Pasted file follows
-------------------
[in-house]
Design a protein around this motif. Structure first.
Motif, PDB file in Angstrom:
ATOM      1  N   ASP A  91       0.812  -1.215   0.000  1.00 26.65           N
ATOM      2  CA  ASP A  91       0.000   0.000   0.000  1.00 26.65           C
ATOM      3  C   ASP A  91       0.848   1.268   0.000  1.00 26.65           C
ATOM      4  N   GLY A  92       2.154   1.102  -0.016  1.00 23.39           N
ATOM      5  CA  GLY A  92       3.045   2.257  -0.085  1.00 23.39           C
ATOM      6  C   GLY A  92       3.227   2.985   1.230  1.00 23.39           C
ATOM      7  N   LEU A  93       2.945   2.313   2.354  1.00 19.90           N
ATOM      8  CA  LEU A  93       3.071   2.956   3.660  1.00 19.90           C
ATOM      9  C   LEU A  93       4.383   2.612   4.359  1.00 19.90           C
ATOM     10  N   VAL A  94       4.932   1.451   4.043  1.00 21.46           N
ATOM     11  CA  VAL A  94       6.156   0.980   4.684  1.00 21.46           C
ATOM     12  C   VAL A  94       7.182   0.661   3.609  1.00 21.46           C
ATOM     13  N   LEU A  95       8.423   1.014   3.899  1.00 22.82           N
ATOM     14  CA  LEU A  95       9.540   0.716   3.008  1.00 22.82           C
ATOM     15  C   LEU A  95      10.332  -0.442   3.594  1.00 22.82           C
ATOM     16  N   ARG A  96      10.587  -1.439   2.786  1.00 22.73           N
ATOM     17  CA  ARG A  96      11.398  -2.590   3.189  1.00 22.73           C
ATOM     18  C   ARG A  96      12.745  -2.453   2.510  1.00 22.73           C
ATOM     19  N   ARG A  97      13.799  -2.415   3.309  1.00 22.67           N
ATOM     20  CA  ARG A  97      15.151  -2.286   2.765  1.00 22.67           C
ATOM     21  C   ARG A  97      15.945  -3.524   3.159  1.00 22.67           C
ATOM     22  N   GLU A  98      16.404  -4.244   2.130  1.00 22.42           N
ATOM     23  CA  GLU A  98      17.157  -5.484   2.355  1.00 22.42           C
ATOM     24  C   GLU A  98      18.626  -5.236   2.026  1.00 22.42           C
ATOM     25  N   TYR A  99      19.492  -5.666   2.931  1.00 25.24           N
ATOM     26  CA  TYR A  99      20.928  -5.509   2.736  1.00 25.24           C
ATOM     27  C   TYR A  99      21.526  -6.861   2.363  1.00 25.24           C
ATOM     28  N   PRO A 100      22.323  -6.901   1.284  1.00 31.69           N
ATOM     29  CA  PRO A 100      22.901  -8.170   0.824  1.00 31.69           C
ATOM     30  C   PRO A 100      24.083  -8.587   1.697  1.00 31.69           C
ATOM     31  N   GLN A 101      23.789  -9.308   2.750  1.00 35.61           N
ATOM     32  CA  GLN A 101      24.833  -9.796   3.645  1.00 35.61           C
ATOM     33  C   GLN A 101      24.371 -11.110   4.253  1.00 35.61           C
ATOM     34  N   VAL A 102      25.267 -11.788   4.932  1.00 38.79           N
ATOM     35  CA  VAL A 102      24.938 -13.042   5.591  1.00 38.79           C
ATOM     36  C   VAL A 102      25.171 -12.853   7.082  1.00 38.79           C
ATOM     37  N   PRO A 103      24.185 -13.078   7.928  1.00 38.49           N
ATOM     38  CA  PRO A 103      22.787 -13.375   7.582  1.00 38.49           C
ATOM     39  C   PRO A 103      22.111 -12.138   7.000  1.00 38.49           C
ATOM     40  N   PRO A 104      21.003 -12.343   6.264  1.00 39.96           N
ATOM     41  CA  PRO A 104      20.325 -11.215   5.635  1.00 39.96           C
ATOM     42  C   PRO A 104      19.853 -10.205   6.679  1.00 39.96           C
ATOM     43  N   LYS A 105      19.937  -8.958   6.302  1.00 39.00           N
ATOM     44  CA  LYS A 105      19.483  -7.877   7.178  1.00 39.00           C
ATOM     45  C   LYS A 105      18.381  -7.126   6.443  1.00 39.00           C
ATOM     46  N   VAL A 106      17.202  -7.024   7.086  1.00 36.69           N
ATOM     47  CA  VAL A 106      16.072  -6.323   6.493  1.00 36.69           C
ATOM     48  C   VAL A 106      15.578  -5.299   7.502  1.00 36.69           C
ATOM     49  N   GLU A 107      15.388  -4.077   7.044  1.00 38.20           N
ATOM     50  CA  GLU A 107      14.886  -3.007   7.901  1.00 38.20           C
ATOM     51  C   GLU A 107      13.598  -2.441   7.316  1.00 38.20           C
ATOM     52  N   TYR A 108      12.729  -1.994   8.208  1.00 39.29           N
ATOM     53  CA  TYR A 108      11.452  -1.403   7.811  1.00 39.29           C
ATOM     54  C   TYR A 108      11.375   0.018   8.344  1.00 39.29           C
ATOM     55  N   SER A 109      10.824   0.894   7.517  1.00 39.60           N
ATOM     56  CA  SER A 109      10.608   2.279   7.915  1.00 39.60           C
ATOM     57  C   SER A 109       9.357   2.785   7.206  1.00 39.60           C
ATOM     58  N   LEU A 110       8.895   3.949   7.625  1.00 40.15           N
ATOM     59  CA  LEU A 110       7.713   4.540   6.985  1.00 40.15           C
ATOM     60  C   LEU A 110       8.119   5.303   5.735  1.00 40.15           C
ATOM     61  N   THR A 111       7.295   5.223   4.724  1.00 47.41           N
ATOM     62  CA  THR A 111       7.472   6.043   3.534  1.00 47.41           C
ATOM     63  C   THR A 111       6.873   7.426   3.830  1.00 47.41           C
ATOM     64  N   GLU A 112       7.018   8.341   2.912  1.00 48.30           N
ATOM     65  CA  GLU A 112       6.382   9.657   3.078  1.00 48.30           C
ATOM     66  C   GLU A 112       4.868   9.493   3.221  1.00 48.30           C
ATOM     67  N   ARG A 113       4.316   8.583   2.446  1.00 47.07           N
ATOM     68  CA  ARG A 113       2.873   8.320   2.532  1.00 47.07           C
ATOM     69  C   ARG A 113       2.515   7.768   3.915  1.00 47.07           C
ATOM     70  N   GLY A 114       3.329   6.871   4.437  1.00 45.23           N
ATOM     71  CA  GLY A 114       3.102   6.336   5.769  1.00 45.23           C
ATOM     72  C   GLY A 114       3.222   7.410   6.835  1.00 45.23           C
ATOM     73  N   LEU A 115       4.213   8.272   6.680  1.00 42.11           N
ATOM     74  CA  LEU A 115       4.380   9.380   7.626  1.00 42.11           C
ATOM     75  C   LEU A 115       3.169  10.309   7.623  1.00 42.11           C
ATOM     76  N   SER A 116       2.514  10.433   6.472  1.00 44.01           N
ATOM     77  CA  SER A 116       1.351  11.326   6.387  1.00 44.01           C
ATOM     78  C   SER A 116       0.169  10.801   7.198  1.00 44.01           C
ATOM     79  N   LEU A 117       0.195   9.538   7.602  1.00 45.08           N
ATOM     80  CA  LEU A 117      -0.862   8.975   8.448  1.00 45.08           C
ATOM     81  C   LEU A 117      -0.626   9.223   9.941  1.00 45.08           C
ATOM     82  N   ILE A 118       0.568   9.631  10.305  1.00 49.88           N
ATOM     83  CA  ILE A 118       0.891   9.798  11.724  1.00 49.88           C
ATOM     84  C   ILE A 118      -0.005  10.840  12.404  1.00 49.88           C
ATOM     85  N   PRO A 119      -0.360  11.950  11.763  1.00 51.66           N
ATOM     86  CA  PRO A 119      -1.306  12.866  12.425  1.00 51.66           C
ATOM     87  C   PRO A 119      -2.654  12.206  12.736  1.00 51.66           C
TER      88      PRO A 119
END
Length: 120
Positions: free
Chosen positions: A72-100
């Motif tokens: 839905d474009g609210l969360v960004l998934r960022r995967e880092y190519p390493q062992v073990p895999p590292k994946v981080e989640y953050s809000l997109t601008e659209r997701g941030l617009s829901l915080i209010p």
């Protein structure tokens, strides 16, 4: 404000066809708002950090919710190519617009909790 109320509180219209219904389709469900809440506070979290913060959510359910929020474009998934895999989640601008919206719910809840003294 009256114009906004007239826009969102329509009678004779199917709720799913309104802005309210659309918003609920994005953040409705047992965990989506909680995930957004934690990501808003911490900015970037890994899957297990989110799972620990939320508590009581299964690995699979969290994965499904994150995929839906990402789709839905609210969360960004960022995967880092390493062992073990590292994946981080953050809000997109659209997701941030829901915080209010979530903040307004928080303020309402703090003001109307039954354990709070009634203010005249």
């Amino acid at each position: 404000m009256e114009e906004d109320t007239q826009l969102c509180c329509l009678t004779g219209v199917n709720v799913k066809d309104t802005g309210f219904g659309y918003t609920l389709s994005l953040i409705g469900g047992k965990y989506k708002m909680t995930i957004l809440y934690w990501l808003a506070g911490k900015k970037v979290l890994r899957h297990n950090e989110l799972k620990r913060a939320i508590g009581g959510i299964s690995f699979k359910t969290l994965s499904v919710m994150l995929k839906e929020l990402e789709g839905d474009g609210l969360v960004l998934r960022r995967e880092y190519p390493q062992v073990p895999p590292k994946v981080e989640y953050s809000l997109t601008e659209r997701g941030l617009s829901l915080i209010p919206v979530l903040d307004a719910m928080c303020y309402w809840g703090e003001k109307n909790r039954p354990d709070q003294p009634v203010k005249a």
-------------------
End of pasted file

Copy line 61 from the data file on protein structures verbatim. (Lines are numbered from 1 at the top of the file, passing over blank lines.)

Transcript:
ATOM     58  N   LEU A 110       8.895   3.949   7.625  1.00 40.15           N